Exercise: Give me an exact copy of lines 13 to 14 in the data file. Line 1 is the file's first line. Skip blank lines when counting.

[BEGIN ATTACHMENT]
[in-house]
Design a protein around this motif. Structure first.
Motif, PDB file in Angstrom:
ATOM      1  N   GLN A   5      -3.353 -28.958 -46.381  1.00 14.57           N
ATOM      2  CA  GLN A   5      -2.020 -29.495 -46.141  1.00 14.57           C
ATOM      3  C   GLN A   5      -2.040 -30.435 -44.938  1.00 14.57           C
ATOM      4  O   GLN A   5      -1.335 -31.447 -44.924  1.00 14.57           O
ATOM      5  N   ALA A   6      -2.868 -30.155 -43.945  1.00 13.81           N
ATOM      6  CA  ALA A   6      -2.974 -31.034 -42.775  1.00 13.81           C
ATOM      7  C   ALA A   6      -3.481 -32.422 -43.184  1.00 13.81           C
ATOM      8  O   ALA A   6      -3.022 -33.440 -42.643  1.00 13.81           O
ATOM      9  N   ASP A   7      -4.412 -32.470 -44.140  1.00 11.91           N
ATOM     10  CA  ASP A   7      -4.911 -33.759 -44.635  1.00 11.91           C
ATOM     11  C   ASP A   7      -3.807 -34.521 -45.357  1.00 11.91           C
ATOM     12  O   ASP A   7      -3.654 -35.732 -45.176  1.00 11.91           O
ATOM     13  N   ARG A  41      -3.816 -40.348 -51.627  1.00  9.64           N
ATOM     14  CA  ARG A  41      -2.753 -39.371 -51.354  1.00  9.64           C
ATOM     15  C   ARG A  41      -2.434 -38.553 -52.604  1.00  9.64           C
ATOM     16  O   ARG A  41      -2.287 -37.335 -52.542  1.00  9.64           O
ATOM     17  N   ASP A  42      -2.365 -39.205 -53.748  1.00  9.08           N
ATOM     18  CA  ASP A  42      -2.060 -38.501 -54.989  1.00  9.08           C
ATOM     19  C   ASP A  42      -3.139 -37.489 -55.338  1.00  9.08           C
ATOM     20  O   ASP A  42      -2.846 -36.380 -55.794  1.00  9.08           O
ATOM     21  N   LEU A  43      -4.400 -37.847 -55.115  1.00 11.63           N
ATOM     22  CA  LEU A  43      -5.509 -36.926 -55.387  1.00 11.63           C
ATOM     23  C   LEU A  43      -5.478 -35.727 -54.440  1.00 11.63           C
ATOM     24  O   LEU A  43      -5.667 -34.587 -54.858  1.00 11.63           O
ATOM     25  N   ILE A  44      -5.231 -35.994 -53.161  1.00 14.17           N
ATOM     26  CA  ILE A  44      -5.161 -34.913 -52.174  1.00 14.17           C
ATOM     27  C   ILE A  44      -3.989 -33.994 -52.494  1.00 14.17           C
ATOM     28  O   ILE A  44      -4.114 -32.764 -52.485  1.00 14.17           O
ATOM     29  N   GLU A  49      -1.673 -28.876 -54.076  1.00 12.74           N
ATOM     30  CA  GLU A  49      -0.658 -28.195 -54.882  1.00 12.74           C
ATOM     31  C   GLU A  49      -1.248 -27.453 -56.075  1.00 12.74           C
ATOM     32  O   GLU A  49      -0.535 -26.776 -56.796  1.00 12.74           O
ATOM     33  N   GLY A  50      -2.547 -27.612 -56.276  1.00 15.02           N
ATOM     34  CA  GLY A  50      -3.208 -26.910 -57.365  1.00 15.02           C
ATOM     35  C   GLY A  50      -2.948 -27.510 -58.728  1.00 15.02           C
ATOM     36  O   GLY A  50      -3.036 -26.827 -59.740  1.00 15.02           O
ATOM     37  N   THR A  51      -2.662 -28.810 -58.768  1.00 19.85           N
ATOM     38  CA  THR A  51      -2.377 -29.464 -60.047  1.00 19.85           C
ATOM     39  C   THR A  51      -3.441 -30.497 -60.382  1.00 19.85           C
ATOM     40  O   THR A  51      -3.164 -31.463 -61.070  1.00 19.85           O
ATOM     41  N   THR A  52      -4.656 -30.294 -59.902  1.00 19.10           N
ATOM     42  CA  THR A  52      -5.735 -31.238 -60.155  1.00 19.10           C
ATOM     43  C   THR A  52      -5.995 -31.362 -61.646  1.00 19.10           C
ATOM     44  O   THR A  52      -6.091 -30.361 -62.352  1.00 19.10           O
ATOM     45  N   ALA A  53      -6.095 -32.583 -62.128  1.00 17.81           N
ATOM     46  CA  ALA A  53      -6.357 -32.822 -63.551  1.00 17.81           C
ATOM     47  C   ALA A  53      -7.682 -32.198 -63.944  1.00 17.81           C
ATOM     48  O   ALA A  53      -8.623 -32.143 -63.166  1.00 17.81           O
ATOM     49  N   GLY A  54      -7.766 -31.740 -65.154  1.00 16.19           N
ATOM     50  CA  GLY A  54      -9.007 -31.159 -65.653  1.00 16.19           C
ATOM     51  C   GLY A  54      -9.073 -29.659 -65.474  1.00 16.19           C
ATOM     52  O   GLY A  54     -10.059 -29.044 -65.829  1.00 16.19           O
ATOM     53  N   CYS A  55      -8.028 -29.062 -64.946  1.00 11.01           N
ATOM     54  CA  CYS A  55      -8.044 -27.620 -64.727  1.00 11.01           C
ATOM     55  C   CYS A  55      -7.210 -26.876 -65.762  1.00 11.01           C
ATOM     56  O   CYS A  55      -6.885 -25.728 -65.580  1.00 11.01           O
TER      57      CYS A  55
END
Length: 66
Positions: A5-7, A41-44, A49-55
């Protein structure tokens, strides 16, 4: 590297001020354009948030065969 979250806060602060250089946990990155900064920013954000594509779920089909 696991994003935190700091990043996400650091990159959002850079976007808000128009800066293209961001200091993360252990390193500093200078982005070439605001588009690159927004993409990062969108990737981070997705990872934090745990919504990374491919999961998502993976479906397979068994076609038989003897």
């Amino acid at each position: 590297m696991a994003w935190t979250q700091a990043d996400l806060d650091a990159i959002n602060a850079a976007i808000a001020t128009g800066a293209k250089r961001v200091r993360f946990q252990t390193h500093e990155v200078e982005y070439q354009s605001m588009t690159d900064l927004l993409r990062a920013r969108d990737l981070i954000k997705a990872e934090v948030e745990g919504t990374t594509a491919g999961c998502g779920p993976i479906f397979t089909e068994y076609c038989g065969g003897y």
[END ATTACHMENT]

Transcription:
ATOM     10  CA  ASP A   7      -4.911 -33.759 -44.635  1.00 11.91           C
ATOM     11  C   ASP A   7      -3.807 -34.521 -45.357  1.00 11.91           C